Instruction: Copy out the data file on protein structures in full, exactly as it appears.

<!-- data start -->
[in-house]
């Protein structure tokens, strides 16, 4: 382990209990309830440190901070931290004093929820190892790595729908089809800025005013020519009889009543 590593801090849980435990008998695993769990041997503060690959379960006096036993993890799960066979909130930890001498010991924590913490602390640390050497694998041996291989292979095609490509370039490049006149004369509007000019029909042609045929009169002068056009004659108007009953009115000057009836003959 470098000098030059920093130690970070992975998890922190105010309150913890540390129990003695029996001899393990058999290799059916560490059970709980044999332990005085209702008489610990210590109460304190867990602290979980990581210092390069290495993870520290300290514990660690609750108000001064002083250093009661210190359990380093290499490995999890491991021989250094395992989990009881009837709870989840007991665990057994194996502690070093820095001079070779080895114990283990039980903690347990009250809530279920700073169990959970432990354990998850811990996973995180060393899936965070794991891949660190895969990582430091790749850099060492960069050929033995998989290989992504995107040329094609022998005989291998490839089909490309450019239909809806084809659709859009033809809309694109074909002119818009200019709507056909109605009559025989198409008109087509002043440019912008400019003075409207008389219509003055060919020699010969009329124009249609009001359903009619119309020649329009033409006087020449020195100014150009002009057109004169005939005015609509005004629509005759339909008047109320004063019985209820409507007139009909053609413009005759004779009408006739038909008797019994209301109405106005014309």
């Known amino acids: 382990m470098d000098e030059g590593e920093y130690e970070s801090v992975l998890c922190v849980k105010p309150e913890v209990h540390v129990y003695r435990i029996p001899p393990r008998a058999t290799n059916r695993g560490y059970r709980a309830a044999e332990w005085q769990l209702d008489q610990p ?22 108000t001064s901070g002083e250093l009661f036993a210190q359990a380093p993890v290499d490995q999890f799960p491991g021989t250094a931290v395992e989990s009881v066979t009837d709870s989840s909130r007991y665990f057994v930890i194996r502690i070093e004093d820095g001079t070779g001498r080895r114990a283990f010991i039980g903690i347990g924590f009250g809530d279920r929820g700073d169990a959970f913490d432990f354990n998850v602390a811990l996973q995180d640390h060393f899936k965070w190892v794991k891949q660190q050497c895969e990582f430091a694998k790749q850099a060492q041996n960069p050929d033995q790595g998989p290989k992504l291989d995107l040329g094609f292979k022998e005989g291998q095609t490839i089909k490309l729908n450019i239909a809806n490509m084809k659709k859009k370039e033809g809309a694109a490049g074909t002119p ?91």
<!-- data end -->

[in-house]
């Protein structure tokens, strides 16, 4: 382990209990309830440190901070931290004093929820190892790595729908089809800025005013020519009889009543 590593801090849980435990008998695993769990041997503060690959379960006096036993993890799960066979909130930890001498010991924590913490602390640390050497694998041996291989292979095609490509370039490049006149004369509007000019029909042609045929009169002068056009004659108007009953009115000057009836003959 470098000098030059920093130690970070992975998890922190105010309150913890540390129990003695029996001899393990058999290799059916560490059970709980044999332990005085209702008489610990210590109460304190867990602290979980990581210092390069290495993870520290300290514990660690609750108000001064002083250093009661210190359990380093290499490995999890491991021989250094395992989990009881009837709870989840007991665990057994194996502690070093820095001079070779080895114990283990039980903690347990009250809530279920700073169990959970432990354990998850811990996973995180060393899936965070794991891949660190895969990582430091790749850099060492960069050929033995998989290989992504995107040329094609022998005989291998490839089909490309450019239909809806084809659709859009033809809309694109074909002119818009200019709507056909109605009559025989198409008109087509002043440019912008400019003075409207008389219509003055060919020699010969009329124009249609009001359903009619119309020649329009033409006087020449020195100014150009002009057109004169005939005015609509005004629509005759339909008047109320004063019985209820409507007139009909053609413009005759004779009408006739038909008797019994209301109405106005014309």
């Known amino acids: 382990m470098d000098e030059g590593e920093y130690e970070s801090v992975l998890c922190v849980k105010p309150e913890v209990h540390v129990y003695r435990i029996p001899p393990r008998a058999t290799n059916r695993g560490y059970r709980a309830a044999e332990w005085q769990l209702d008489q610990p ?22 108000t001064s901070g002083e250093l009661f036993a210190q359990a380093p993890v290499d490995q999890f799960p491991g021989t250094a931290v395992e989990s009881v066979t009837d709870s989840s909130r007991y665990f057994v930890i194996r502690i070093e004093d820095g001079t070779g001498r080895r114990a283990f010991i039980g903690i347990g924590f009250g809530d279920r929820g700073d169990a959970f913490d432990f354990n998850v602390a811990l996973q995180d640390h060393f899936k965070w190892v794991k891949q660190q050497c895969e990582f430091a694998k790749q850099a060492q041996n960069p050929d033995q790595g998989p290989k992504l291989d995107l040329g094609f292979k022998e005989g291998q095609t490839i089909k490309l729908n450019i239909a809806n490509m084809k659709k859009k370039e033809g809309a694109a490049g074909t002119p ?91």